Purpose: NF-κB is a transcription factor known to promote tumorigenesis. However, NF-κB is also known to be proapoptotic and may potentially function as a tumor suppressor, although such a functional role has not been extensively investigated in human cancer. Experimental Design: A dominant-negative mutant of IkBa with mutations at S32A and S36A was used to inhibit the function of NF-κB in ovarian cancer cell lines. The transcription ability, tumorigenesis, apoptosis, and drug sensitivity were examined in derivative cell lines in comparison with parental cells. We also analyzed the association of nuclear expression of NF-κB p65 with patient survival in an ovarian cancer tissue array. Results: We show that NF-κB functions as a tumor suppressor in four ovarian cancer cell lines, but it functions as an oncogene in their aggressive chemoresistant isogenic variants. NF-kB can exert its proapoptotic or antiapoptotic effect by activating or repressing mitogen-activated protein kinase (MAPK) phosphorylation in parental or aggressive chemoresistant variant cell lines. We also show that the nuclear accumulation of p65 in epithelial cancer tissue is associated with a good response to chemotherapy and can predict longer overall survival for patients with ovarian cancer. Conclusions: Our data provide strong evidence that NF-κB can function as a biphasic regulator, either suppressing or enhancing ovarian cancer growth through the regulation of MAPK and cellular apoptosis.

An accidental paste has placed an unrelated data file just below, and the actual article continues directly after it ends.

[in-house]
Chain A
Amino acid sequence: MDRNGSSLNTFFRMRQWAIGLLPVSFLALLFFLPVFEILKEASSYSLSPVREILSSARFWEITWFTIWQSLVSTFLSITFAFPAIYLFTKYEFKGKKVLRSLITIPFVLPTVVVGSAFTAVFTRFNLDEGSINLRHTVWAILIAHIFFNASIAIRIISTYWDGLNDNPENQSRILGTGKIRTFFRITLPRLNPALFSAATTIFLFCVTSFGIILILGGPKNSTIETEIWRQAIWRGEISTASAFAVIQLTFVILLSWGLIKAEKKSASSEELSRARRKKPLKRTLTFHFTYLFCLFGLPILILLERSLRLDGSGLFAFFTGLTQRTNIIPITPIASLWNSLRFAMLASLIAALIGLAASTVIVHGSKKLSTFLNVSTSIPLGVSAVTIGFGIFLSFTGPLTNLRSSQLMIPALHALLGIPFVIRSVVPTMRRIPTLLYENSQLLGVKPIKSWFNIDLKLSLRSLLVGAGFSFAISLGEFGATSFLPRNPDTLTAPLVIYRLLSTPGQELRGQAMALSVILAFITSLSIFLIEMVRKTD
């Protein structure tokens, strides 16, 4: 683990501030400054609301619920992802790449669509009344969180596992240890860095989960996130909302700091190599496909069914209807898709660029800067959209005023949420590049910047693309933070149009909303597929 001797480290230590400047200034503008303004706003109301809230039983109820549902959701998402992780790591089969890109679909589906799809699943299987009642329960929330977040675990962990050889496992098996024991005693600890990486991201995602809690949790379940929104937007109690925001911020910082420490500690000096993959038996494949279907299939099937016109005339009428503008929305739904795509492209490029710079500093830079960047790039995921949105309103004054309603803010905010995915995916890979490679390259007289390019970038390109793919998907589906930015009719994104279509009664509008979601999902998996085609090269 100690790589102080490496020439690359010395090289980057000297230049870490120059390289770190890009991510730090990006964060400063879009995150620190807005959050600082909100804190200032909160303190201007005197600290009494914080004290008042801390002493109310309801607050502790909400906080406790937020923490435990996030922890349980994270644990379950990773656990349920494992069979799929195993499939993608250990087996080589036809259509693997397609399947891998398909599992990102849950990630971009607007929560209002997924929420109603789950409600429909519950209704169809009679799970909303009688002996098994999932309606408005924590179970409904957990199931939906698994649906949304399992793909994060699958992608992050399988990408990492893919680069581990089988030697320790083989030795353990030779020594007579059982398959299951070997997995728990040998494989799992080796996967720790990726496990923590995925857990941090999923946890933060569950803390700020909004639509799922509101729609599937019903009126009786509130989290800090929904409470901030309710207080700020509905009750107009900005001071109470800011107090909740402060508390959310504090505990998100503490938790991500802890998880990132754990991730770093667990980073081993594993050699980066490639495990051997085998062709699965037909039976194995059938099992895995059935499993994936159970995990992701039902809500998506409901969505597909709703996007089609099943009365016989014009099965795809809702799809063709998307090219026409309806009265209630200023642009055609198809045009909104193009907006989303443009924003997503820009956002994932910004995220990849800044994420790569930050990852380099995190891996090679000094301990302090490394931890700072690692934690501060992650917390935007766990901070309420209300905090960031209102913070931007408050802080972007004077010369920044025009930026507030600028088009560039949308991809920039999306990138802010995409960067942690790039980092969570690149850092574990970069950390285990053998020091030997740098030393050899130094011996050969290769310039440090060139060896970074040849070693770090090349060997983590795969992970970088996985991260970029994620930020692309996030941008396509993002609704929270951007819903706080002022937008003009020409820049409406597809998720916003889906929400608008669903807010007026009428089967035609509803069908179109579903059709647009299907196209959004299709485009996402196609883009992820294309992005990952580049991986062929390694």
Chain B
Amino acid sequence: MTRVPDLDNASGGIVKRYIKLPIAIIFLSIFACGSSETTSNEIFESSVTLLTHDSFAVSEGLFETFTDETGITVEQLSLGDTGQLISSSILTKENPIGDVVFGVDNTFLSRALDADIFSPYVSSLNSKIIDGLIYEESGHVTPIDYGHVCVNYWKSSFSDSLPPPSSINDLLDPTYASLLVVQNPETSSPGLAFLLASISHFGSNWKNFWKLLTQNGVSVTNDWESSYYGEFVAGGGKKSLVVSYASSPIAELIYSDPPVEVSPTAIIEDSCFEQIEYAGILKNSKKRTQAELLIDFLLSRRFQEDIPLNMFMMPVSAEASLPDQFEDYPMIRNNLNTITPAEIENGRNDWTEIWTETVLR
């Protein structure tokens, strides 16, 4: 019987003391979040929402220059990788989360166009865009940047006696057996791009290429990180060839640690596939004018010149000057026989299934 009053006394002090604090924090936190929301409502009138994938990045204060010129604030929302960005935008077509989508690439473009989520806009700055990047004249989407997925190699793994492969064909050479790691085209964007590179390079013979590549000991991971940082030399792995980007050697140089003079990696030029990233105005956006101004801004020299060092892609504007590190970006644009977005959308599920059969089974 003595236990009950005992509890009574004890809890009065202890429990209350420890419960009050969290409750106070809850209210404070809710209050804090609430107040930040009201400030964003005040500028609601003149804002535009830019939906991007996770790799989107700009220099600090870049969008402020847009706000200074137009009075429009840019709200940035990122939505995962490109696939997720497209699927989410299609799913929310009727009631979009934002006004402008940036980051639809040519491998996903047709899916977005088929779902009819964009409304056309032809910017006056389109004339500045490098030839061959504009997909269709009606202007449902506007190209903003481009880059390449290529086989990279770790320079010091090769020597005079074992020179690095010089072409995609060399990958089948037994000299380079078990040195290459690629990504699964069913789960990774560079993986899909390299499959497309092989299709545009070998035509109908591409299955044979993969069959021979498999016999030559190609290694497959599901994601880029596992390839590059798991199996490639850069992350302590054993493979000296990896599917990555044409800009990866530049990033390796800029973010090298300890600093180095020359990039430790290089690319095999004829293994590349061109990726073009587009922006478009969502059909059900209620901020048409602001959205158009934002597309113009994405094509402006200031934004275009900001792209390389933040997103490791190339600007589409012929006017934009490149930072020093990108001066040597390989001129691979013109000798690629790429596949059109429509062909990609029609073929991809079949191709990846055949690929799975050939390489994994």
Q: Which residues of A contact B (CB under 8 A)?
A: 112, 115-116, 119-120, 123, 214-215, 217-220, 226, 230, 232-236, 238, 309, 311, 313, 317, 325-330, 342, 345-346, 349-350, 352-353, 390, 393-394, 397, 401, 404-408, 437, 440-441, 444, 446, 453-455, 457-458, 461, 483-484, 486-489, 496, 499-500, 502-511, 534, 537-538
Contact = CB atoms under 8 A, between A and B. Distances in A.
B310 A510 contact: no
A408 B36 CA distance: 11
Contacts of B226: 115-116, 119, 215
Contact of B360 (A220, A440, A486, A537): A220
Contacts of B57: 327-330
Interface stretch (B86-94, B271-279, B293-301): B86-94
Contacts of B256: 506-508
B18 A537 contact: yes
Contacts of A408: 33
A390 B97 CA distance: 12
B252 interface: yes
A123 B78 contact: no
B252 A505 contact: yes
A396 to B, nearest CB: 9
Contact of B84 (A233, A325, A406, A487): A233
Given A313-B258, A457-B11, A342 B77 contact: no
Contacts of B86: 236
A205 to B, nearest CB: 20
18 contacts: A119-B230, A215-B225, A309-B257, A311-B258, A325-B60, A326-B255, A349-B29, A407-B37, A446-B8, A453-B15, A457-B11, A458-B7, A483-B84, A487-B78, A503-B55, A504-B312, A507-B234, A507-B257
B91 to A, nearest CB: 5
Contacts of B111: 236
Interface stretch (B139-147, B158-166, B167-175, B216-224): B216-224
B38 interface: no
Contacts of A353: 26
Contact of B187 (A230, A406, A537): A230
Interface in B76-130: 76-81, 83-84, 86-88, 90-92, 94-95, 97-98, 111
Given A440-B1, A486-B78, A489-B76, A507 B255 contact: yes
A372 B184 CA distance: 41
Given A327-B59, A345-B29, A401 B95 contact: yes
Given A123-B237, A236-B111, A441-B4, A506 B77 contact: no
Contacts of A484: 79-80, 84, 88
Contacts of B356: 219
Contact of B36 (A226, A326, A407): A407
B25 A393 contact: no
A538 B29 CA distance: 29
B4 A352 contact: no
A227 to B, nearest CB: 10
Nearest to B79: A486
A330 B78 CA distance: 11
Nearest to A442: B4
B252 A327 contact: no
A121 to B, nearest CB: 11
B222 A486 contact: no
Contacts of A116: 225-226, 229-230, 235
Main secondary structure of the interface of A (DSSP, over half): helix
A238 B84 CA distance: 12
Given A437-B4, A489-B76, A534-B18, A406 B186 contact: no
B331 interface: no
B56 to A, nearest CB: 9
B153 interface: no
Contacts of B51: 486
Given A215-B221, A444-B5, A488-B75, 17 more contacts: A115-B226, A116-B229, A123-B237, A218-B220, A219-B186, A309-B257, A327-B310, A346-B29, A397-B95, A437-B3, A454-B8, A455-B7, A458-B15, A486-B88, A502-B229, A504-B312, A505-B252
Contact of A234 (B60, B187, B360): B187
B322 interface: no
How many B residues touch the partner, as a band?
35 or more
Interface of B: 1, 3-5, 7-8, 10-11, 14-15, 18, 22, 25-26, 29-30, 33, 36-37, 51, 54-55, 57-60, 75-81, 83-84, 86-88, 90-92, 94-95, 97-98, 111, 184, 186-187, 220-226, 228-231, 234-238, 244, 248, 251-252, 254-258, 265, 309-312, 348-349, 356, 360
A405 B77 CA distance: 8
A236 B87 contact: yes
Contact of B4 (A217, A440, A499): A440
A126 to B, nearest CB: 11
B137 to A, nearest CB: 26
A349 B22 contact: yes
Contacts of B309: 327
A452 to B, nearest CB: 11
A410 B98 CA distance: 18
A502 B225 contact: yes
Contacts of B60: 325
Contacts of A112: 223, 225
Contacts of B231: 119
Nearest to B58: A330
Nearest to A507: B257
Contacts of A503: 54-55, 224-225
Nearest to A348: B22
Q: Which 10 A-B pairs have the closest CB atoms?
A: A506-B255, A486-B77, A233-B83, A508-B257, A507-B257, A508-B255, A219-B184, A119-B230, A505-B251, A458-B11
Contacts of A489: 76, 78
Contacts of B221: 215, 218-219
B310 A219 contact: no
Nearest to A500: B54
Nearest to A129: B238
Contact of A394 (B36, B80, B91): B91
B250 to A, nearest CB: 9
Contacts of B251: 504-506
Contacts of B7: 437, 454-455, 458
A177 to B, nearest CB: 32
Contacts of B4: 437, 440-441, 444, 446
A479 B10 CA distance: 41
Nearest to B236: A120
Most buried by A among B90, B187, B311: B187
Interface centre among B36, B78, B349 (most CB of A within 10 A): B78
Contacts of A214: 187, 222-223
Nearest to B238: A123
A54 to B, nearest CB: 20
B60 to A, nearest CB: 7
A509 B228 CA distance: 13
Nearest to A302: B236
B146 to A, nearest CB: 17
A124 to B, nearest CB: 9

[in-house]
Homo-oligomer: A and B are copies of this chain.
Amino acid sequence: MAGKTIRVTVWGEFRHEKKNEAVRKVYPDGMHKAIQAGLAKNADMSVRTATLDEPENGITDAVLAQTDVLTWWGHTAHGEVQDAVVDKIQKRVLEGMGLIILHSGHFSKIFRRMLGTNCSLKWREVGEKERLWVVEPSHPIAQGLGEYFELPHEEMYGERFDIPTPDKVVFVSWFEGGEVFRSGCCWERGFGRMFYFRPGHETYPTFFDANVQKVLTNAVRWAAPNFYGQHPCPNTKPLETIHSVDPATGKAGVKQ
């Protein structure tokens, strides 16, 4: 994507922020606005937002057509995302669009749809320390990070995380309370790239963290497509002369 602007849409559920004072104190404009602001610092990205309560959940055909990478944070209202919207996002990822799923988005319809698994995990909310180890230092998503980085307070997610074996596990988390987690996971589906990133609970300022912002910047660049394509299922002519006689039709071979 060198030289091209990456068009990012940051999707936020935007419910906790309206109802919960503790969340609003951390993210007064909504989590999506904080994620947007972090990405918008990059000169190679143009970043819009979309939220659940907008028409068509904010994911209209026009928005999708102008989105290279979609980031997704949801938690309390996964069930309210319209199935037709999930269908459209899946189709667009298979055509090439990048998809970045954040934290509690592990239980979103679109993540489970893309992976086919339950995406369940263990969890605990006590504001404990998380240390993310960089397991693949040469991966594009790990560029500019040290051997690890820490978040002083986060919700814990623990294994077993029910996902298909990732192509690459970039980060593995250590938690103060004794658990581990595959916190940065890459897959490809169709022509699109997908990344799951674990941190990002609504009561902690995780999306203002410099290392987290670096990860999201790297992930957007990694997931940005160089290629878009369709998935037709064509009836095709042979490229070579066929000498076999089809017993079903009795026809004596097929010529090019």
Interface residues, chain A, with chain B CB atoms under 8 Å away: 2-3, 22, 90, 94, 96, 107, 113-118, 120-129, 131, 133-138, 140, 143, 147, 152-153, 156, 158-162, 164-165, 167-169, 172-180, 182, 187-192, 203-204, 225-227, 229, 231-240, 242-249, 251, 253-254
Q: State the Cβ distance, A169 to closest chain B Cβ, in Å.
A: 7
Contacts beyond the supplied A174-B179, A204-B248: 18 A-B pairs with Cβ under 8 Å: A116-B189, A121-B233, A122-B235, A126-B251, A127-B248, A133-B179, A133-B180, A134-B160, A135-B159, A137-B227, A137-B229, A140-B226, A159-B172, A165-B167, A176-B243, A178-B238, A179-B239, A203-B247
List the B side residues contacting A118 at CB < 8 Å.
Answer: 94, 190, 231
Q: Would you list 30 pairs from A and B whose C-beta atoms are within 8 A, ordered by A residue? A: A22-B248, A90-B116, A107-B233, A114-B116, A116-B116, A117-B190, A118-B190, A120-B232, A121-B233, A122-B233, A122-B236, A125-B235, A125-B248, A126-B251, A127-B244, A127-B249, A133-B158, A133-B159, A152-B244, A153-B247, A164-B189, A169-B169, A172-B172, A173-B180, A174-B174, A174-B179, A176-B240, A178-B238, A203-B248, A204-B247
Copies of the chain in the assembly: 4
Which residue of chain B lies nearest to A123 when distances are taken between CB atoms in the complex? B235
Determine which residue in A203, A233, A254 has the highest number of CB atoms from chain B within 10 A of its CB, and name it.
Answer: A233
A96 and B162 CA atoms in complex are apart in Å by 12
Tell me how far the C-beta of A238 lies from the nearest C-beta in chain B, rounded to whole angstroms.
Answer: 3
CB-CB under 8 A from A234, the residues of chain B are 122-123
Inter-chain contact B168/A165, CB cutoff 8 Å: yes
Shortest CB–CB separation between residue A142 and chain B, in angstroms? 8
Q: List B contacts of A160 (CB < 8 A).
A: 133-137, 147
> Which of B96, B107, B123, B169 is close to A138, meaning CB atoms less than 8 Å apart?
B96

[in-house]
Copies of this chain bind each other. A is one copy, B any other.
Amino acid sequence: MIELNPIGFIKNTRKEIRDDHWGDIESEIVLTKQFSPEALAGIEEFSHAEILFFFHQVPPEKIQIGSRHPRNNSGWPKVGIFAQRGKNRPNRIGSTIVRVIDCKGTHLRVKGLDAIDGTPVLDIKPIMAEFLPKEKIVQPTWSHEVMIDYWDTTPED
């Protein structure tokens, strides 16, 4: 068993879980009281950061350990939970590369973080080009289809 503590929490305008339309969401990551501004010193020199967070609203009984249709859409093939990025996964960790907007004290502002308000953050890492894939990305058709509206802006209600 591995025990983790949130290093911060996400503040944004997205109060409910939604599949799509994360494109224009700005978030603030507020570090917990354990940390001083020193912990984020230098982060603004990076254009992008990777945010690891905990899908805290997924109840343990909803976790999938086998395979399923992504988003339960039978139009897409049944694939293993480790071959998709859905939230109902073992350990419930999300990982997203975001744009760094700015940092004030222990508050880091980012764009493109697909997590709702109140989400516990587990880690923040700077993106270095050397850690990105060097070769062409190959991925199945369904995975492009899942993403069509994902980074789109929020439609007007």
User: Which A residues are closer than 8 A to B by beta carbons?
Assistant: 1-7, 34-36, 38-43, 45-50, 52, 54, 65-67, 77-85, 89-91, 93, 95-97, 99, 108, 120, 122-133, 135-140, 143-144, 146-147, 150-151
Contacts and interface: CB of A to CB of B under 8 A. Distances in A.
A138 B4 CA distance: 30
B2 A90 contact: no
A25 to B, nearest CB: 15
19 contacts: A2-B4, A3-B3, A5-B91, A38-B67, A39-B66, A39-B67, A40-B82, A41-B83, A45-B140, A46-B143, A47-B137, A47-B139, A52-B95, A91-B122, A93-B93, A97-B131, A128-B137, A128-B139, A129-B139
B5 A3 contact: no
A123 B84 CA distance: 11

ASJC Scopus subject areas
- Cancer Research